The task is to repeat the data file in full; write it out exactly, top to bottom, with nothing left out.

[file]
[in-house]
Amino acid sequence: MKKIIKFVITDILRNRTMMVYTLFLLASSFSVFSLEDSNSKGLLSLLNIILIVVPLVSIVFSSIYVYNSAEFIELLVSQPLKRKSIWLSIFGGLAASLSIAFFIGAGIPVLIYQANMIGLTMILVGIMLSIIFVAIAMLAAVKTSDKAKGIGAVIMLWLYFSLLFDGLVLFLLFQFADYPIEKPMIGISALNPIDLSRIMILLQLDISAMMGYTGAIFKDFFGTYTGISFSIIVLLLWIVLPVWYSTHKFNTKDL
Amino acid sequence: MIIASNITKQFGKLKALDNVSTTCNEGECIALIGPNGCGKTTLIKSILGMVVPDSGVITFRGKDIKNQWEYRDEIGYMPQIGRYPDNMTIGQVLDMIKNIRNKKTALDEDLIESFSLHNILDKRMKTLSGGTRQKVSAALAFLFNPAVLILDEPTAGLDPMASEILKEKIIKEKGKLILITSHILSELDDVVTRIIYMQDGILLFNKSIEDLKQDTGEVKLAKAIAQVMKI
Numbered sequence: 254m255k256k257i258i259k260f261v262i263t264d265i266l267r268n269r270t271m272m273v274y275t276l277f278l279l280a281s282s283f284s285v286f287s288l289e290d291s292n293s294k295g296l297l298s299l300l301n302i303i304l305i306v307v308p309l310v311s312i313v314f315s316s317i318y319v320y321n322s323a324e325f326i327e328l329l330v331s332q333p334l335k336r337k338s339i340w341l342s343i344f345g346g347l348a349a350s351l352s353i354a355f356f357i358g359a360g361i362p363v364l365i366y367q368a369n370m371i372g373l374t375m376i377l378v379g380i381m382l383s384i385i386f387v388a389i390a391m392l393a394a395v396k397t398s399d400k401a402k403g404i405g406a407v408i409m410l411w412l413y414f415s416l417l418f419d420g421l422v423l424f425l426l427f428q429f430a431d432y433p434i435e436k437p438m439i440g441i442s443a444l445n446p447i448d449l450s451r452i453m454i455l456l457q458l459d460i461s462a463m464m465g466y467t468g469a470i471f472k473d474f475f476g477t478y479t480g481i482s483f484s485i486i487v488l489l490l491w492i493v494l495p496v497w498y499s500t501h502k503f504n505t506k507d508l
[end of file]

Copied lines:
[in-house]
Amino acid sequence: MKKIIKFVITDILRNRTMMVYTLFLLASSFSVFSLEDSNSKGLLSLLNIILIVVPLVSIVFSSIYVYNSAEFIELLVSQPLKRKSIWLSIFGGLAASLSIAFFIGAGIPVLIYQANMIGLTMILVGIMLSIIFVAIAMLAAVKTSDKAKGIGAVIMLWLYFSLLFDGLVLFLLFQFADYPIEKPMIGISALNPIDLSRIMILLQLDISAMMGYTGAIFKDFFGTYTGISFSIIVLLLWIVLPVWYSTHKFNTKDL
Amino acid sequence: MIIASNITKQFGKLKALDNVSTTCNEGECIALIGPNGCGKTTLIKSILGMVVPDSGVITFRGKDIKNQWEYRDEIGYMPQIGRYPDNMTIGQVLDMIKNIRNKKTALDEDLIESFSLHNILDKRMKTLSGGTRQKVSAALAFLFNPAVLILDEPTAGLDPMASEILKEKIIKEKGKLILITSHILSELDDVVTRIIYMQDGILLFNKSIEDLKQDTGEVKLAKAIAQVMKI
Numbered sequence: 254m255k256k257i258i259k260f261v262i263t264d265i266l267r268n269r270t271m272m273v274y275t276l277f278l279l280a281s282s283f284s285v286f287s288l289e290d291s292n293s294k295g296l297l298s299l300l301n302i303i304l305i306v307v308p309l310v311s312i313v314f315s316s317i318y319v320y321n322s323a324e325f326i327e328l329l330v331s332q333p334l335k336r337k338s339i340w341l342s343i344f345g346g347l348a349a350s351l352s353i354a355f356f357i358g359a360g361i362p363v364l365i366y367q368a369n370m371i372g373l374t375m376i377l378v379g380i381m382l383s384i385i386f387v388a389i390a391m392l393a394a395v396k397t398s399d400k401a402k403g404i405g406a407v408i409m410l411w412l413y414f415s416l417l418f419d420g421l422v423l424f425l426l427f428q429f430a431d432y433p434i435e436k437p438m439i440g441i442s443a444l445n446p447i448d449l450s451r452i453m454i455l456l457q458l459d460i461s462a463m464m465g466y467t468g469a470i471f472k473d474f475f476g477t478y479t480g481i482s483f484s485i486i487v488l489l490l491w492i493v494l495p496v497w498y499s500t501h502k503f504n505t506k507d508l